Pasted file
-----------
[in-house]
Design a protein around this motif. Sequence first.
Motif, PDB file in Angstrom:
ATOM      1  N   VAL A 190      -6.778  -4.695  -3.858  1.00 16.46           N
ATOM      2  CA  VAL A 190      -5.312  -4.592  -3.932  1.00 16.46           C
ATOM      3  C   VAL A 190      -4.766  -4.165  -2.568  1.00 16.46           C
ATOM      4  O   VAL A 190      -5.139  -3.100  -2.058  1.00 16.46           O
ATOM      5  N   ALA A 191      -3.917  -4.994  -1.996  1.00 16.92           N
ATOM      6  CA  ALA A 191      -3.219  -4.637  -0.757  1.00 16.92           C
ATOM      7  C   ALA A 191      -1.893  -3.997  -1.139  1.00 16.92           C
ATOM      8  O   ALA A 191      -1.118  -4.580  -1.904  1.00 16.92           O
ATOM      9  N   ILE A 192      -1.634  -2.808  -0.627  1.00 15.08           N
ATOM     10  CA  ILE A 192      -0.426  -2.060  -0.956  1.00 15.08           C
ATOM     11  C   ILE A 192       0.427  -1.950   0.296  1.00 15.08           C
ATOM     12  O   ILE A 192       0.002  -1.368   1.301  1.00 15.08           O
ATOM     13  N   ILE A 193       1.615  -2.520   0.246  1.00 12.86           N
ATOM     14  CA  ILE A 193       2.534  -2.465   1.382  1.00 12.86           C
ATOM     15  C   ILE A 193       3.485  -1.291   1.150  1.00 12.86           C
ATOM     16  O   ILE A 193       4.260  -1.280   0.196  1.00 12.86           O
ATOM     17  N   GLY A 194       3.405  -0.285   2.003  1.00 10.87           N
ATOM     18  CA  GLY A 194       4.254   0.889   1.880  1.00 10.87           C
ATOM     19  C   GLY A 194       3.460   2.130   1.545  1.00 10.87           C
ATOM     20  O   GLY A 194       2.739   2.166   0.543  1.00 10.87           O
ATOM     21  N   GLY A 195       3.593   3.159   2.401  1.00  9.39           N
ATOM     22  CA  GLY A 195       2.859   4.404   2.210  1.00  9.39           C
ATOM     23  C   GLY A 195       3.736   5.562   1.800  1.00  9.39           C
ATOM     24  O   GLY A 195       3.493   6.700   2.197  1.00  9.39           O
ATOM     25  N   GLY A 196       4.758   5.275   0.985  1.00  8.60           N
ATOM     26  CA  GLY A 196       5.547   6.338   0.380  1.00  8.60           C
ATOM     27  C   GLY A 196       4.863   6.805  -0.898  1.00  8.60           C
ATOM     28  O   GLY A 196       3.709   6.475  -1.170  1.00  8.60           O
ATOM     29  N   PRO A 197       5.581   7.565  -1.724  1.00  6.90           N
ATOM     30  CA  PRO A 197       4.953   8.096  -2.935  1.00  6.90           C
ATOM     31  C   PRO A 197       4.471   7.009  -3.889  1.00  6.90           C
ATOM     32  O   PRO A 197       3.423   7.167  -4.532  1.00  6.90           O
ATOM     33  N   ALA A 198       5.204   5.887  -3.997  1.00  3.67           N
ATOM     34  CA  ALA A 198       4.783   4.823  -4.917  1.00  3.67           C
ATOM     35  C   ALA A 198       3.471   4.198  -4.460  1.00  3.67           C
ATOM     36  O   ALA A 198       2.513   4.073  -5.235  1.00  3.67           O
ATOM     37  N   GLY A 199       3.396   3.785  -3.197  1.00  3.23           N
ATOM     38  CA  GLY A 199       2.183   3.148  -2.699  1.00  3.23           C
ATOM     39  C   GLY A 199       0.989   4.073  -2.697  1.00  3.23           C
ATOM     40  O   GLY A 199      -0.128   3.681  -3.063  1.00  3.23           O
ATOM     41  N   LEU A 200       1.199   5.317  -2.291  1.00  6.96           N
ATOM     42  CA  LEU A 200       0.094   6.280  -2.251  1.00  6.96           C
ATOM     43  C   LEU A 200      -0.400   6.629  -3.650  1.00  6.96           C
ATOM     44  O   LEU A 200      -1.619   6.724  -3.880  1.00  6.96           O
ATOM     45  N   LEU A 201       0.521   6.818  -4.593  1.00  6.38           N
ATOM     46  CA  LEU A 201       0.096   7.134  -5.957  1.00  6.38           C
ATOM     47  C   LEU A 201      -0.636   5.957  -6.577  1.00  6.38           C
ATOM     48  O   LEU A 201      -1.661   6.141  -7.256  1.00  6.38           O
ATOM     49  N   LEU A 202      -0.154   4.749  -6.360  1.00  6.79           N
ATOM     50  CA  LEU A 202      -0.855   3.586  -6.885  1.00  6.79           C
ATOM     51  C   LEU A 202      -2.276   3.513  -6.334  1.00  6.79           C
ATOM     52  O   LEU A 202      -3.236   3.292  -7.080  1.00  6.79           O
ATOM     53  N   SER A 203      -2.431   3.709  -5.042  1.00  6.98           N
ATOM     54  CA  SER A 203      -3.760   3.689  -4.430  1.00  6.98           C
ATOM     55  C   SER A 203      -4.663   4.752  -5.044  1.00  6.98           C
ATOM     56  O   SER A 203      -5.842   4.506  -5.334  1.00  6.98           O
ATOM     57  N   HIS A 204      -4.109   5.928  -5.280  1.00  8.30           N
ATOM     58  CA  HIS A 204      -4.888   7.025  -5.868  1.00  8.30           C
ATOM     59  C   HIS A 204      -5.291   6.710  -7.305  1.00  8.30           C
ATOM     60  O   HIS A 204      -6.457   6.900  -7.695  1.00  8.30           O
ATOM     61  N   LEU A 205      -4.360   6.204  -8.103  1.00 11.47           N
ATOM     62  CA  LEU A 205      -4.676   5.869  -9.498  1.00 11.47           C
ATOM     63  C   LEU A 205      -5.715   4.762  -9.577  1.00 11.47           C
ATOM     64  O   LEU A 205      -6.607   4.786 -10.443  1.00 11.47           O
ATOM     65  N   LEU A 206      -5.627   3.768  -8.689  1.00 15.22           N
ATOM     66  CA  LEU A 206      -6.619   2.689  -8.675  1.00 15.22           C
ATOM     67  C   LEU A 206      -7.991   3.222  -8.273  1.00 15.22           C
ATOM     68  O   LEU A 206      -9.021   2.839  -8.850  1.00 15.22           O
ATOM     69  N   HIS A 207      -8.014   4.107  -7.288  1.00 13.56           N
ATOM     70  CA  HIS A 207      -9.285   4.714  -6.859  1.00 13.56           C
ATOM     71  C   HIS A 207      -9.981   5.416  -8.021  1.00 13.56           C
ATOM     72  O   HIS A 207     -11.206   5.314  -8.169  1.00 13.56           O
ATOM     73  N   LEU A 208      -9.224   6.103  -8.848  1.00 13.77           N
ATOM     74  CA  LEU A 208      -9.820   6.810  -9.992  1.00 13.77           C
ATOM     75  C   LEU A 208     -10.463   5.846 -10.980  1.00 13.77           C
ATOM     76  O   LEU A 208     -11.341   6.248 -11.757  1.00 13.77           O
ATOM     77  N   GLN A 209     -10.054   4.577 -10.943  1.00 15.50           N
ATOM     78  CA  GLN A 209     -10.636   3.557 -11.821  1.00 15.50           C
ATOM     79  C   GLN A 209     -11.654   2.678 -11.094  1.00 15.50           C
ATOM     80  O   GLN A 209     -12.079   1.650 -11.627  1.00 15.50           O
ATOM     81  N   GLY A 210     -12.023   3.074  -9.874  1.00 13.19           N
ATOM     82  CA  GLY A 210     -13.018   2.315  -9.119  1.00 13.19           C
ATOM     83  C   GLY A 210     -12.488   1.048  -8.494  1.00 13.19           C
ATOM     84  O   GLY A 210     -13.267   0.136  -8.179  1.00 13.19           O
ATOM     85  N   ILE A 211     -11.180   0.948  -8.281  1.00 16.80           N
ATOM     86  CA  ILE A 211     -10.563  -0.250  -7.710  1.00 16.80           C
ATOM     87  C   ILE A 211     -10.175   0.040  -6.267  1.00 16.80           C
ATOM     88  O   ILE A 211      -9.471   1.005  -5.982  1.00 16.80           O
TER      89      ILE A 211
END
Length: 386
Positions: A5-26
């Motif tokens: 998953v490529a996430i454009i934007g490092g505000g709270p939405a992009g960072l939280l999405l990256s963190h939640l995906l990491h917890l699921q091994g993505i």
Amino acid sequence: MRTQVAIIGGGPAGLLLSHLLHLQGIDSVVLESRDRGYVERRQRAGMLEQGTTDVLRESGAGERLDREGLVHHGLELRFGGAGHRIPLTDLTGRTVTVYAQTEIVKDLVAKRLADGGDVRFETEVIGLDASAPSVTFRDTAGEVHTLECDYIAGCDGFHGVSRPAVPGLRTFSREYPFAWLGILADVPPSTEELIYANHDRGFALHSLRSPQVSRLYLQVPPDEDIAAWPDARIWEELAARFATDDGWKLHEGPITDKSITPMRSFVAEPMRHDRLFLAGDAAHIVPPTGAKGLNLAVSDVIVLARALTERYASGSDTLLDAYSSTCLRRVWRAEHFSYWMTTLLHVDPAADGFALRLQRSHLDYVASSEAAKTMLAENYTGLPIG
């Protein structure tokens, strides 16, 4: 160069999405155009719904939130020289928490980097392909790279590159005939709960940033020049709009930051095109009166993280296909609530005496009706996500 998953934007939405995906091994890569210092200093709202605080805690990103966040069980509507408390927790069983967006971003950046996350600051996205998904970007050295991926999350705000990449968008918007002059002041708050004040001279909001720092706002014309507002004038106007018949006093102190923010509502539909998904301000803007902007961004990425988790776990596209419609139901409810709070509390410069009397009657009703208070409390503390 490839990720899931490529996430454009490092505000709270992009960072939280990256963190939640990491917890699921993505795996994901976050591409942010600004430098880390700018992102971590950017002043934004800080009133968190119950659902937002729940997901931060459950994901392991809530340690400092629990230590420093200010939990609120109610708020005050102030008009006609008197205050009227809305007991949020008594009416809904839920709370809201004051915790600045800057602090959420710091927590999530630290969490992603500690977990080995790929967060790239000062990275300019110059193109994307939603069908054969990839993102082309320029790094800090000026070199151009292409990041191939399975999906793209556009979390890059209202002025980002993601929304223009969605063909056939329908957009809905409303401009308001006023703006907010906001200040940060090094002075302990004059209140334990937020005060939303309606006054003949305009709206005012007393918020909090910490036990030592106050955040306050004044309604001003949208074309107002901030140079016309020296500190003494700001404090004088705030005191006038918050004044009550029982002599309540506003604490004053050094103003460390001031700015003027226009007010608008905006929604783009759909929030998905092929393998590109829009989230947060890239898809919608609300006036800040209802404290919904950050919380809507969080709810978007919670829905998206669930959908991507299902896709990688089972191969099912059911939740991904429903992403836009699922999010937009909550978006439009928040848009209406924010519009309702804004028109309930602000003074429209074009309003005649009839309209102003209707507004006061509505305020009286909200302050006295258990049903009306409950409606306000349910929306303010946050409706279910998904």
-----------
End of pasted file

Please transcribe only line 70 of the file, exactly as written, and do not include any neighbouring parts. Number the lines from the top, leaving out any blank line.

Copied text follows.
ATOM     67  C   LEU A 206      -7.991   3.222  -8.273  1.00 15.22           C